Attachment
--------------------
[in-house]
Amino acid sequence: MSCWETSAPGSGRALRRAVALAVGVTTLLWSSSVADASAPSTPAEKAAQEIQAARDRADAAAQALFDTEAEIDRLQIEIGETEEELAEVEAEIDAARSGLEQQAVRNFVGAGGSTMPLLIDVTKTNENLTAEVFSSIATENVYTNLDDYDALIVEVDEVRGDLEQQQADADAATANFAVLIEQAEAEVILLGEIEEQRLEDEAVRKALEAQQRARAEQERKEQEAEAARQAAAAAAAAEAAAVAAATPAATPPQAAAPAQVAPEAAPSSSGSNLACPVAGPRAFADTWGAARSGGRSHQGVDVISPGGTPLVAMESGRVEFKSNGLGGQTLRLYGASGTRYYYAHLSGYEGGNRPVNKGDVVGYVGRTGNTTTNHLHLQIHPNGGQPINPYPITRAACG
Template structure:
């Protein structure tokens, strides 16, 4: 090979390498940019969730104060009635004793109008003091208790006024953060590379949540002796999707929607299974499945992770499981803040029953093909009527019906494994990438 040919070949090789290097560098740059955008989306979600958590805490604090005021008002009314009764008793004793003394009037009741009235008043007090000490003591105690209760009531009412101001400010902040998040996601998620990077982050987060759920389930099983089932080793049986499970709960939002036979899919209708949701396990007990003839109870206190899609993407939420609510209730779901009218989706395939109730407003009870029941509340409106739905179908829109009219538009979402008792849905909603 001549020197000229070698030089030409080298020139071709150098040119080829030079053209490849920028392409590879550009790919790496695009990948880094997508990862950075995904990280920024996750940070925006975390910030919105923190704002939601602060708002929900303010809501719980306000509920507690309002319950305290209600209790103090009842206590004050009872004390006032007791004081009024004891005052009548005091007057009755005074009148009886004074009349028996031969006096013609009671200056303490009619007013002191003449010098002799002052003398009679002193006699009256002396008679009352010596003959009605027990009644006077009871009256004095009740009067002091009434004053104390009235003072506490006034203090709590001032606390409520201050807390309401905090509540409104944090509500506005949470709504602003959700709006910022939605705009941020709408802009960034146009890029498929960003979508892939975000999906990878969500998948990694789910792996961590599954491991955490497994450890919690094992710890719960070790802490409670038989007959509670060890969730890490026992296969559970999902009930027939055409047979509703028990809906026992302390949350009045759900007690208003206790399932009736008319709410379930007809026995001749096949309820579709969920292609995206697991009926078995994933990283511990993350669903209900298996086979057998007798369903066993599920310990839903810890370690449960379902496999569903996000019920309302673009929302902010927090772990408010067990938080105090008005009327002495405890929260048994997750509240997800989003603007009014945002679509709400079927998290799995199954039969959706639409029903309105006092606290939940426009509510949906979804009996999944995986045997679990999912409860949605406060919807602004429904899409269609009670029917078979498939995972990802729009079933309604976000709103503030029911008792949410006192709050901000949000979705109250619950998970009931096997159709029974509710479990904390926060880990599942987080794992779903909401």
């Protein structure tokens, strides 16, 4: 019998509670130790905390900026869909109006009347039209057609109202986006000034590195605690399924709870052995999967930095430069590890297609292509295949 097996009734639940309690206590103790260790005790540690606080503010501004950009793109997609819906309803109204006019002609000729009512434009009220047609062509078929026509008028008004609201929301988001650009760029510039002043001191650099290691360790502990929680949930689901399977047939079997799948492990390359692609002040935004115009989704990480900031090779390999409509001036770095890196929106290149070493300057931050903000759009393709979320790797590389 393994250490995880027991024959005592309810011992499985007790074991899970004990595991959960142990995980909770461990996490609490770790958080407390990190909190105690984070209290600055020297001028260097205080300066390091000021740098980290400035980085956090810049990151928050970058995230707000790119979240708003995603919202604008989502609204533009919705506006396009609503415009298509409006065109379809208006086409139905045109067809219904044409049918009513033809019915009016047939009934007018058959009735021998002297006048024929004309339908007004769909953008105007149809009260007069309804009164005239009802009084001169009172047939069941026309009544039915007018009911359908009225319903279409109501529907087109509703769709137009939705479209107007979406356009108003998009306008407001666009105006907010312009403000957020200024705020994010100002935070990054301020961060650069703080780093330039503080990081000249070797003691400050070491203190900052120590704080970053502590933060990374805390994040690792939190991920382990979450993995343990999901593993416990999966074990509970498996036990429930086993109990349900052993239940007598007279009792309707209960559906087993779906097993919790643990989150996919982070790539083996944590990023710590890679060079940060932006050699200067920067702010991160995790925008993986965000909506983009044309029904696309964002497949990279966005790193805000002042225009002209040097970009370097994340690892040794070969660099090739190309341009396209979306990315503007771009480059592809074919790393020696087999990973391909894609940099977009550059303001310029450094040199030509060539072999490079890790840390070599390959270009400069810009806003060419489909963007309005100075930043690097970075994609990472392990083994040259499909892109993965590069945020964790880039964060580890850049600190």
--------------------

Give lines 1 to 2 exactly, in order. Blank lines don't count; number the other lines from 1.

[in-house]
Amino acid sequence: MSCWETSAPGSGRALRRAVALAVGVTTLLWSSSVADASAPSTPAEKAAQEIQAARDRADAAAQALFDTEAEIDRLQIEIGETEEELAEVEAEIDAARSGLEQQAVRNFVGAGGSTMPLLIDVTKTNENLTAEVFSSIATENVYTNLDDYDALIVEVDEVRGDLEQQQADADAATANFAVLIEQAEAEVILLGEIEEQRLEDEAVRKALEAQQRARAEQERKEQEAEAARQAAAAAAAAEAAAVAAATPAATPPQAAAPAQVAPEAAPSSSGSNLACPVAGPRAFADTWGAARSGGRSHQGVDVISPGGTPLVAMESGRVEFKSNGLGGQTLRLYGASGTRYYYAHLSGYEGGNRPVNKGDVVGYVGRTGNTTTNHLHLQIHPNGGQPINPYPITRAACG